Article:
Global Divestment Day

A brief activity on the movement to get colleges, cities, churches and other entities to divest from fossil fuels, pegged to Global Divestment Day on Feb. 13-14, 2015.  

Ask students if they’ve heard about "Global Divestment Day."

Elicit or explain that on February 13-14, 2015, Global Divestment Day, people around the world  will organize flash-mobs, sit-ins and rallies to pressure their cities, colleges, churches, and other institutions to sell their stocks in fossil fuel companies (divest) as a way to combat climate change.

The world’s climate scientists tell us that we need to cut our use of fossil fuels quickly and dramatically to avoid global catastrophe. Fossil fuel companies such as Shell, Exxon and Peabody Coal have five times more oil and coal and gas in known reserves than climate scientists think is safe to burn. Activists hope that their global disinvestment campaign will force fossil fuel companies to leave 80% of their reserves in the ground so that we can lessen the effects of climate change - including devastating  floods, droughts, food and water shortages and species loss.

Young people - including high school and college students - have been at the forefront of organizing for fossil fuel divestment. They’ve gotten universities from Stanford in California to the University of Maine to divest. The New School, a university in New York, is not only divesting, but reshaping its entire curriculum to address the challenge of climate change. Many other entities have divested as well, from the cities of Seattle and Providence to the United Church of Christ.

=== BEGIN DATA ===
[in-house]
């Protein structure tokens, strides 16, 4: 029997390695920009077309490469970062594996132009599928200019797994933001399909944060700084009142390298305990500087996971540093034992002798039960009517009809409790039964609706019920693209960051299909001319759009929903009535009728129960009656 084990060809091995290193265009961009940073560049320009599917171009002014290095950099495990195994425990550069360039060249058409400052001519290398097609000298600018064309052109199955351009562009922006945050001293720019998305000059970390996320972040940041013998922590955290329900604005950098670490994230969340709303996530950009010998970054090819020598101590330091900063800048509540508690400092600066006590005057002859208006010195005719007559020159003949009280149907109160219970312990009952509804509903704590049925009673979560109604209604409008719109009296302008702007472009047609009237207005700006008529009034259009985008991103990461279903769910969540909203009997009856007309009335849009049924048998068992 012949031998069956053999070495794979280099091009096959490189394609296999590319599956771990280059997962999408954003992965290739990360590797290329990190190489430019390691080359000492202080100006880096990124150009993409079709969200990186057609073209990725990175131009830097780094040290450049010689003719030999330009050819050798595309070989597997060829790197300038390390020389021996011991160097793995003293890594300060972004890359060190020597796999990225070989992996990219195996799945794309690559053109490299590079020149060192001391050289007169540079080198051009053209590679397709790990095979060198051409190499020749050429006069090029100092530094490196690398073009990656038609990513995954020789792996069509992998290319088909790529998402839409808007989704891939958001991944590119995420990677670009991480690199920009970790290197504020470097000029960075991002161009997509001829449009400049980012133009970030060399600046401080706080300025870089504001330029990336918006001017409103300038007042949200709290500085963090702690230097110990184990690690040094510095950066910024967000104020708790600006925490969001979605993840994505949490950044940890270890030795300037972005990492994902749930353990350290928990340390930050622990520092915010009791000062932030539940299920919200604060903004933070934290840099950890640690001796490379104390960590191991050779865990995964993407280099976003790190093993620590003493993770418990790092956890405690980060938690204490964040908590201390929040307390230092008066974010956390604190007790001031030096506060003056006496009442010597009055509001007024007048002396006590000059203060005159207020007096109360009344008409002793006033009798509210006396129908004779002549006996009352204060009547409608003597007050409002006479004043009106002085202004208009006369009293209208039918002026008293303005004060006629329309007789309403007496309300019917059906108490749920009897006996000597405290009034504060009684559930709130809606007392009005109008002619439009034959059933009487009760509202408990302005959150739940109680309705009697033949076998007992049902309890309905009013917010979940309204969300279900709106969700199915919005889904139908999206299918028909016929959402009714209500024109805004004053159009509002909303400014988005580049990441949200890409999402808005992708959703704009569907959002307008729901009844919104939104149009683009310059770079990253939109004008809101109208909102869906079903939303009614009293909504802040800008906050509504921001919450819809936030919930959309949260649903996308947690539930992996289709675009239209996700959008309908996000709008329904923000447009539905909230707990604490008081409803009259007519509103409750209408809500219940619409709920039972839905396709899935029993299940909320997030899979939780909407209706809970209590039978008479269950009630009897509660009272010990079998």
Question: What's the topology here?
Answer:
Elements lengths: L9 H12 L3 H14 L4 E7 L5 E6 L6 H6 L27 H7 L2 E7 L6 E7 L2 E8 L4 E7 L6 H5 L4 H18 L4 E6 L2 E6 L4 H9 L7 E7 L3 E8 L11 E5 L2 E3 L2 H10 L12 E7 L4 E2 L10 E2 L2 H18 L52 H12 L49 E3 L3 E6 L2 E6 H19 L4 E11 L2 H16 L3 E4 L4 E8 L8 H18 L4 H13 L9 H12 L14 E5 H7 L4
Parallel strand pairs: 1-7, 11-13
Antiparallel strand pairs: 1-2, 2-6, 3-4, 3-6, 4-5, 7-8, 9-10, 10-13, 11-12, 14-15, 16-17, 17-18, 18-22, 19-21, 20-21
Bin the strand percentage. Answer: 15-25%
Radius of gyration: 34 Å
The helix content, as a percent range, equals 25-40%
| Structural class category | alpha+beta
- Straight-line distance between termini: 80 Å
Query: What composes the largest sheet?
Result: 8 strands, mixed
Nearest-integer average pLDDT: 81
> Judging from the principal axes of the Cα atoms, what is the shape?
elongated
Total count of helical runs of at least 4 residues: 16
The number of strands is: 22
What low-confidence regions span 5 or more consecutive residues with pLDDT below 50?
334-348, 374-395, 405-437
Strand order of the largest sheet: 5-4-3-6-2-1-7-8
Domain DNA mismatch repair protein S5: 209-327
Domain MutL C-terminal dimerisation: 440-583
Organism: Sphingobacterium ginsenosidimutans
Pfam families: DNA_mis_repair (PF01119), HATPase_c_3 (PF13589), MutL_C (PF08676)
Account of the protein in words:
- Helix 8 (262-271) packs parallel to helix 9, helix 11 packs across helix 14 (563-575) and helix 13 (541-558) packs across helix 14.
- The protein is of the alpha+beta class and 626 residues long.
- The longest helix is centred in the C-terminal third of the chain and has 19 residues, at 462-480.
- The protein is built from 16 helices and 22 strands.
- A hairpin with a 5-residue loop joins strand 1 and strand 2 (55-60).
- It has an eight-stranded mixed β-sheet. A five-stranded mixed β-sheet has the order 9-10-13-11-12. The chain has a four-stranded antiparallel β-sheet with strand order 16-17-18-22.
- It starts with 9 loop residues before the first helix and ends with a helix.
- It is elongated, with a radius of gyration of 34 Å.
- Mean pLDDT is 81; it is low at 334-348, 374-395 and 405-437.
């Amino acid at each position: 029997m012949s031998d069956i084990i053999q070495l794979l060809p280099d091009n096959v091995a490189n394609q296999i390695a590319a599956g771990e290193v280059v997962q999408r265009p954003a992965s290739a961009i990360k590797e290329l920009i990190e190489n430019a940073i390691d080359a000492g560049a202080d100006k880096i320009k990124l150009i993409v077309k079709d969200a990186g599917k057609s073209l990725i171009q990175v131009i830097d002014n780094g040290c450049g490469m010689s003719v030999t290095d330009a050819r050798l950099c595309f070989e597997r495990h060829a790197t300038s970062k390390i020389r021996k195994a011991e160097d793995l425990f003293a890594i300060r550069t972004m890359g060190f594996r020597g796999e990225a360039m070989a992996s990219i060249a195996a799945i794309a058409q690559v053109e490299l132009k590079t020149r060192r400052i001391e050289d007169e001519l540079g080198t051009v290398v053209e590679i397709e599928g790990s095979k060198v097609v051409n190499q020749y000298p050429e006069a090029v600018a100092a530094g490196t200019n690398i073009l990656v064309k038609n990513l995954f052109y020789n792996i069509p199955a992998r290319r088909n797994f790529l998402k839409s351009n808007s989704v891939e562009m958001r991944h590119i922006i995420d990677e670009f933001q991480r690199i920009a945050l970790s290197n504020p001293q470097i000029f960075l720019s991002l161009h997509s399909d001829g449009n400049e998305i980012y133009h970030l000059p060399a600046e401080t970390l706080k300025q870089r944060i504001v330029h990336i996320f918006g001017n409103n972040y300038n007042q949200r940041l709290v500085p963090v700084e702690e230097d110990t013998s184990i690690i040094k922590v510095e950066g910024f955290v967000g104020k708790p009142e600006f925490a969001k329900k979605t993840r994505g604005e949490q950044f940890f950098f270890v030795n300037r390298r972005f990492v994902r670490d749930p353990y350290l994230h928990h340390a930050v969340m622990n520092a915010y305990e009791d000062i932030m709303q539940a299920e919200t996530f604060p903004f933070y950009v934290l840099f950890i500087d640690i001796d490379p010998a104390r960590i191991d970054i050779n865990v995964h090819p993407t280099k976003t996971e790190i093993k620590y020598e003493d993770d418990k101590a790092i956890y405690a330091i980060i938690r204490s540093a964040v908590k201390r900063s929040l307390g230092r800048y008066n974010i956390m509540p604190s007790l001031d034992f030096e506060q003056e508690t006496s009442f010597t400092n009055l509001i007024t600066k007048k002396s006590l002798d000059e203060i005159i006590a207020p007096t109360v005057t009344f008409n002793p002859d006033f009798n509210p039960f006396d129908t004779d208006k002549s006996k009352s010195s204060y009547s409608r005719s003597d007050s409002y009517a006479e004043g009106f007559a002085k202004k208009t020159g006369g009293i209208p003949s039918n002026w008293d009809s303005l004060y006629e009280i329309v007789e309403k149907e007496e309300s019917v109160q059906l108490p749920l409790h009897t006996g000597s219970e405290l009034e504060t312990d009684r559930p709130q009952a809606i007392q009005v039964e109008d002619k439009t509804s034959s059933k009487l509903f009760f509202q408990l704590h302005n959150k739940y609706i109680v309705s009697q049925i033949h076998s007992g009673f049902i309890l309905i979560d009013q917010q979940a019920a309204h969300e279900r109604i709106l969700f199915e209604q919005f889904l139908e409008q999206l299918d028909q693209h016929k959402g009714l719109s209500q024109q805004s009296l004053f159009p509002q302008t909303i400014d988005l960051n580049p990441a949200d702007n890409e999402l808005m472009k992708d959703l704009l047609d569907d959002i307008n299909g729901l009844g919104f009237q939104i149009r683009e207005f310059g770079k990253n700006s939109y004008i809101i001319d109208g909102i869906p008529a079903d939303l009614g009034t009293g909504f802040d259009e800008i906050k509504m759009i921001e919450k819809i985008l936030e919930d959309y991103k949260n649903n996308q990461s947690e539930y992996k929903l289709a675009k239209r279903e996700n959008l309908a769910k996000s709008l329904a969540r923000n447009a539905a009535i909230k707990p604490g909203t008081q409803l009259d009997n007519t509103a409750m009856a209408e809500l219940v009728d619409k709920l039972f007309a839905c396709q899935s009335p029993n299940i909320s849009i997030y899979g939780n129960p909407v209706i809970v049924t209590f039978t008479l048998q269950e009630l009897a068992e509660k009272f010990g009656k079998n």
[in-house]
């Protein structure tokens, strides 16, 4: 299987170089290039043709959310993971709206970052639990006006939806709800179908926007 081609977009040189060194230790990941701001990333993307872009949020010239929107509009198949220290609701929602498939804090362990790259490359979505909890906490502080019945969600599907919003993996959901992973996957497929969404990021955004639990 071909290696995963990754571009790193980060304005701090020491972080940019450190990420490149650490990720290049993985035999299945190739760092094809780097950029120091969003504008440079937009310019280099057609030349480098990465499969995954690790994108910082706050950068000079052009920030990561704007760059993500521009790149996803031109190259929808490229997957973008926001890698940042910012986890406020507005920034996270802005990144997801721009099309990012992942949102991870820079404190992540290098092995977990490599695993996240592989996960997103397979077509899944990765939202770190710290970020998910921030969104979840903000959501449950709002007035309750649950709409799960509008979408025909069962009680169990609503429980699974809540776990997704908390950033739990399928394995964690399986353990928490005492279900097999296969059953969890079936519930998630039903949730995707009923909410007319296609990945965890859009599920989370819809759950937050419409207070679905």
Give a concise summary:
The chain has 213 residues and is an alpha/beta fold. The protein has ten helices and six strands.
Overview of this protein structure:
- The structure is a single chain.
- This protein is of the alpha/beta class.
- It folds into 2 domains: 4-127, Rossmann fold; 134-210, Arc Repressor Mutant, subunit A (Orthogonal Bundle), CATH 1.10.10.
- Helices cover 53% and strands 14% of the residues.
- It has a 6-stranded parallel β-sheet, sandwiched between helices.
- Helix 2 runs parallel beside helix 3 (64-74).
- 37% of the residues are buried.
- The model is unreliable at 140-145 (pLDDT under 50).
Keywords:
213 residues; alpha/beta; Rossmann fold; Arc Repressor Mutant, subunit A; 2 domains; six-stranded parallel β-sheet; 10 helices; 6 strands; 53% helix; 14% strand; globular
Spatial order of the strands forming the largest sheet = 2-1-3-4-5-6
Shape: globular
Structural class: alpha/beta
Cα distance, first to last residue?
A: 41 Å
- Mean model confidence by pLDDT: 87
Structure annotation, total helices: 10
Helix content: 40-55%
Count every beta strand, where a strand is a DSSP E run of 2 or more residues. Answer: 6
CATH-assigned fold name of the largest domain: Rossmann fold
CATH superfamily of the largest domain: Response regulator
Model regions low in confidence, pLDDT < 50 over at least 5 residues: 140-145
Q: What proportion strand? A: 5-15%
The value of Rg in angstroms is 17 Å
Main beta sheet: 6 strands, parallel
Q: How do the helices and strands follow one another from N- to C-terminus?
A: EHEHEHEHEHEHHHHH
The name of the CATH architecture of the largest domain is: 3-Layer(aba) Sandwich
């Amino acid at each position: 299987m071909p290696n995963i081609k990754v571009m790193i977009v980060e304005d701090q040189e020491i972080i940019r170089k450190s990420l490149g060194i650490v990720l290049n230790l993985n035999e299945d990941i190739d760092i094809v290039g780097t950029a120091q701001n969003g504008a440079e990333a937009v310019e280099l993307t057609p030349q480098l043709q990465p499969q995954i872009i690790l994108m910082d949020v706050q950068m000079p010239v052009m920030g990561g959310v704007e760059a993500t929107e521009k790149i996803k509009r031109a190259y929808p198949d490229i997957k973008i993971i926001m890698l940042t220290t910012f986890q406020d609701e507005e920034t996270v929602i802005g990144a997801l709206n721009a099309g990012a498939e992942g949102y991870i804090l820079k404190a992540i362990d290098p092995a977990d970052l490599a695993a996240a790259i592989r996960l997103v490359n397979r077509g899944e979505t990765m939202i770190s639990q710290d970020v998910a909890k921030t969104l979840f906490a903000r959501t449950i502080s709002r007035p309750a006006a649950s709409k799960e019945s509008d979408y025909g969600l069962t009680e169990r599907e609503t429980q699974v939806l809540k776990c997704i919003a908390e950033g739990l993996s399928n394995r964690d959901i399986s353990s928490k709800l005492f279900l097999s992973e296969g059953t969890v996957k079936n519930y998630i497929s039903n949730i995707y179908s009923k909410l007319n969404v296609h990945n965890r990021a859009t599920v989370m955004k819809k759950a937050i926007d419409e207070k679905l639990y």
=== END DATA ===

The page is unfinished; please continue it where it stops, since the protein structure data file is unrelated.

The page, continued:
On February 10, 2015, a Massachusetts state court will hear a case brought by students at Harvard University to force the school to sell off fossil fuel stocks. Harvard president Drew Gilpin Faust has said divestment is neither "warranted nor wise" and that Harvard’s endowment "is a resource, not an instrument to impel social or political change."

Ask students:

  • What do you think about Global Divestment Day and the movement to divest from fossil fuels? 
  • Do you think this movement is needed?
  • Do you think it is a good strategy for combatting climate change? Why or why not?  
  • What other strategies do you think are needed to dramatically reduce fossil fuel consumption?

Students can find out if there are any Divestment Day activities planned in your area here:

To find out if there are divestment petition drives underway in your area (or to start one):

Optional follow-up activities

Ask students to research the student divestment movement. Then write a short essay that addresses these questions:

  • What are students in this country doing to get universities and other institutions to divest from fossil fuel companies?
  • What challenges have they faced? What successes have they had?
  • Do you think divestment is a good strategy for addressing climate change?  Why or why not?

Additional resources

Wall Street Journal debate over divestment:

Letter to college presidents against divestment:

Two divestment organizers discuss their strategies:

National student divestment group:

Campus divestment groups sampler:

High school activism: